Jamie: That was an awful thing. I’m glad that it pushed you into looking for Prozac though. Was it something you immediately faced or was it something that slowly emerged? I took an antidepressant for a couple of years. I’ve just decided to try again without them…we shall see how things go. 

Krystofer: I had dealt with irrational thoughts on and off for years, but never really thought much of them. By irrational thoughts i mean always being afraid people will think I’m a fraud, waking up and saying to myself “I hate my life” even though I have a great job and a beautiful family, stuff like that. About a year after Jason’s death I started noticing that I was getting easily overwhelmed by things at work. I was also getting very insensitive to my family’s feelings. I finally talked to the doctor about all this stuff, they put me on Fluoxetine (generic Prozac) and as long as I remember to take it, I’m much more effective and pleasant to be around. 
Jason’s story has helped me separate the person from the condition. If you have heart disease, there’s medication to help that. If your brain chemistry is off, it may be alleviated through medication. I would like to encourage any of your readers who deal with anxiety, depression, or difficulty dealing with their own feelings/thoughts to talk to someone about it. It doesn’t mean you’re crazy; you may just need some help with your brain chemistry.

(photo credit: jamie mulhern)

At the end of 2010, I stepped out on my own to freelance multimedia production and social strategy. The design and marketing connections I had made came in handy to get me work, but it was a tricky time to set out on a new venture as the sole earner. Another Twitter connection connected me with a content marketing agency in Scottsdale and I worked there for a few months producing infographics, working on Facebook pages, and learning more about SEO. I’m very grateful to the people I worked with there. In July, 2011 I was approached by another Twitter friend to come work for a larger digital marketing company. I now lead a social media team and love it.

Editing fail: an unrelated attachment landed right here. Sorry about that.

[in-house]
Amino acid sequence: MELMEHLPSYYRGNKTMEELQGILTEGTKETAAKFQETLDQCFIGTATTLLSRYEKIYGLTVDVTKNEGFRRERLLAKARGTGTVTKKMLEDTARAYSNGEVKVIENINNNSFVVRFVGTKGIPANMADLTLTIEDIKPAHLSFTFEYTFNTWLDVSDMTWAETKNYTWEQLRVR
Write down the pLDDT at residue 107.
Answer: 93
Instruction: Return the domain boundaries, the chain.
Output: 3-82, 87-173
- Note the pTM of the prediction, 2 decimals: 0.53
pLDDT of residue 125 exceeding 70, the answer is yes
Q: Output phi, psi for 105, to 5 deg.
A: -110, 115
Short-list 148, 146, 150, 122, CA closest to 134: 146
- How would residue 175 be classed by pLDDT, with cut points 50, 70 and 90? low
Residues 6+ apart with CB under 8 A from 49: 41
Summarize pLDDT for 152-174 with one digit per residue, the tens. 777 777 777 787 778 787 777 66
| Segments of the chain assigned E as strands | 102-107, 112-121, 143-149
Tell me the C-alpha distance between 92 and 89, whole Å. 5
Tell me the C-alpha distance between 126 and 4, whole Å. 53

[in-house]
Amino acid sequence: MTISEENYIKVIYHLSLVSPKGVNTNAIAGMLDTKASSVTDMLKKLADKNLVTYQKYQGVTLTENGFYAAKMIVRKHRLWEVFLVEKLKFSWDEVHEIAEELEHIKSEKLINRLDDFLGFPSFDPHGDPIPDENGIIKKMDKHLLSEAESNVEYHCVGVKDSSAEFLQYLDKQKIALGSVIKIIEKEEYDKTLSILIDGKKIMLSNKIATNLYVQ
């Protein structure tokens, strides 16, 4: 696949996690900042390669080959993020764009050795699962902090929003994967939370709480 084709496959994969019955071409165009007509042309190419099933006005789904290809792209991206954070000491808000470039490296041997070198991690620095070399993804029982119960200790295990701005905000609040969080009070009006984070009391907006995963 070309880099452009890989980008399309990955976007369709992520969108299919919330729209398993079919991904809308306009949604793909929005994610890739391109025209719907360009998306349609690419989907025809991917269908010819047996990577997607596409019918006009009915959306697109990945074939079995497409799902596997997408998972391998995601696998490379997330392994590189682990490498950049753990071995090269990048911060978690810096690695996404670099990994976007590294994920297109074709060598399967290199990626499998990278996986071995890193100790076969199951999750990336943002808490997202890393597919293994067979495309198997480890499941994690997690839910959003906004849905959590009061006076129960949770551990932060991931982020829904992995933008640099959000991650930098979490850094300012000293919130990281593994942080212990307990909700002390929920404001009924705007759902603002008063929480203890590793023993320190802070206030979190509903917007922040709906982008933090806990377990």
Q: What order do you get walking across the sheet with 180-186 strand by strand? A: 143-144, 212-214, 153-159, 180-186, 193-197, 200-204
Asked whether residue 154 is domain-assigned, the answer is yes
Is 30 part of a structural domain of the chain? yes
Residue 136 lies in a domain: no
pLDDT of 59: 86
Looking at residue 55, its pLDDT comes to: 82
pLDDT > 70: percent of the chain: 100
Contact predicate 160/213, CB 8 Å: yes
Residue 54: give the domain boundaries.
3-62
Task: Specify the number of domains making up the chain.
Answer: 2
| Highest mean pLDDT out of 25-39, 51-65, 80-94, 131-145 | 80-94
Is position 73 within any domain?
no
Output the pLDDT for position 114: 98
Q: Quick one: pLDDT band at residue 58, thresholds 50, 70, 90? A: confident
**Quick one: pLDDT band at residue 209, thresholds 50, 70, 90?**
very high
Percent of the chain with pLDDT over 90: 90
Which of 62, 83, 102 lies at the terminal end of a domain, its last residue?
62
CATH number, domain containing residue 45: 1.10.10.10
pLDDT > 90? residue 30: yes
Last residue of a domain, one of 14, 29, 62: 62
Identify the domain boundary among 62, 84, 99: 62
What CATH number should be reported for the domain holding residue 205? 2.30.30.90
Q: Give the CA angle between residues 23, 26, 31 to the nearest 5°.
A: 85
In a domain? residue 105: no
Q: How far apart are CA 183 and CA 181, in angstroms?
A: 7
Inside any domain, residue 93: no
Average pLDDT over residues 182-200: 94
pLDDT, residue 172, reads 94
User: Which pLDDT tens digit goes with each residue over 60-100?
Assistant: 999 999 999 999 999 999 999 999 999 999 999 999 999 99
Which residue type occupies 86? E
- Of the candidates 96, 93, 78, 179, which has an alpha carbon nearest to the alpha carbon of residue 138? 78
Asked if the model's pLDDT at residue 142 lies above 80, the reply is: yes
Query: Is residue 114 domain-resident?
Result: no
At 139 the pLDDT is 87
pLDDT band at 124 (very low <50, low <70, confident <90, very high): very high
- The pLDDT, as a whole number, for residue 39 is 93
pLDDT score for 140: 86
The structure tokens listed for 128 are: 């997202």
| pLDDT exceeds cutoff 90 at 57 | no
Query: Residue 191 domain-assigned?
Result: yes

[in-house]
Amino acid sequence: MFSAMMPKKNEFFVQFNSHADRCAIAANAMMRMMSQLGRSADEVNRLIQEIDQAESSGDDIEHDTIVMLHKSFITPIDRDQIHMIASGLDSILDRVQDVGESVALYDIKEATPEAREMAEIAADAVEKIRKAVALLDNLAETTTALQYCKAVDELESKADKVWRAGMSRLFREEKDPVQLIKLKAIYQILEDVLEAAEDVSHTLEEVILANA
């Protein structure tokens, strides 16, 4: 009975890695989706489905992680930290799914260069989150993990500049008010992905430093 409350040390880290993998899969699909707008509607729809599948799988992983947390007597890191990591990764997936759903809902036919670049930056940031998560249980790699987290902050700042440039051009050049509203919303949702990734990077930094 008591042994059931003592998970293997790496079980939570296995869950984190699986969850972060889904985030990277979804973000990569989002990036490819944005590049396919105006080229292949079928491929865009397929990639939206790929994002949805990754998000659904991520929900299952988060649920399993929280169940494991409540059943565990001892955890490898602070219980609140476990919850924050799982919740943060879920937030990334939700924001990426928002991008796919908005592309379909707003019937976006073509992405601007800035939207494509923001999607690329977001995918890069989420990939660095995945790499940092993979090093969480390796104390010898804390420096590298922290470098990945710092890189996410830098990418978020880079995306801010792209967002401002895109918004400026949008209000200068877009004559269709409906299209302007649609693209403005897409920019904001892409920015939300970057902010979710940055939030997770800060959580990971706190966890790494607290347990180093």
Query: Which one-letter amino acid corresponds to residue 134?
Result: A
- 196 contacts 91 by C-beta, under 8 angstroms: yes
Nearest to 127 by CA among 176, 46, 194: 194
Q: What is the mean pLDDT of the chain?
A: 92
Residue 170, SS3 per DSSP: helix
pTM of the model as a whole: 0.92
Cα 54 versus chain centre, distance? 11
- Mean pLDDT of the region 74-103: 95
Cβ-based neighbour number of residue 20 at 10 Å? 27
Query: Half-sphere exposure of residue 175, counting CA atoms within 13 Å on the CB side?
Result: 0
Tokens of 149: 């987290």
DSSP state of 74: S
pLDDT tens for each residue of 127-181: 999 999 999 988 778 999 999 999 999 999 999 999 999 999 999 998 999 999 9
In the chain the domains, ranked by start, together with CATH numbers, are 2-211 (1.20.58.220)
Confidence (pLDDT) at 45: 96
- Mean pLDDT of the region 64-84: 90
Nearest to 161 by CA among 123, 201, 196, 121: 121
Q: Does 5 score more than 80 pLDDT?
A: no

Jamie: You’ve been a musician as long as I have known you. What has that journey been like?

Krystofer: It’s strange, but it’s hard for me to think of a time when I wasn’t involved in music. There really isn’t a “pre-music” part of my life. As far as official training, I started playing string bass in the school orchestra in elementary school, took a couple years of piano and started messing around on guitar in junior high, then started seriously playing electric bass as a sophomore. That was the turning point. My sophomore year, I was in orchestra and jazz band at school, and playing with Jason in the youth group at church on Sundays. This meant an hour of classical, and an hour of jazz theory every weekday, followed by pop production on Sundays. That year is when music became very clear to me – almost like Neo at the end of the Matrix. After that I took music theory whenever they offered it at my high school, and I’ve always loved it. Many musicians endure theory to get what they need from it, but I love it. It’s the math and science of music. 
I did a whopping one semester of music education at ASU, but didn’t attend all that much.
I’ve continued to play church stuff, as well as some session and sideman work. (session = studio, sideman = live paid gigs). I think I’ve played on 40 or so projects over the years. I’ll give you a spotify link to some of them. Playing session work is great, I absolutely love it. Between all the projects I’ve touched, there is a creative part of me that will outlive me, and that’s rad. Also, any time I get paid to do music I need to be grateful. I’d be doing music anyway, and in the hunter-gatherer sense, it’s not all that valuable a skill.

Jamie: So…what’s music theory? I’ve heard you mention it before, but since my single (much hated) musical skill is whistling, I never did learn much about the musics.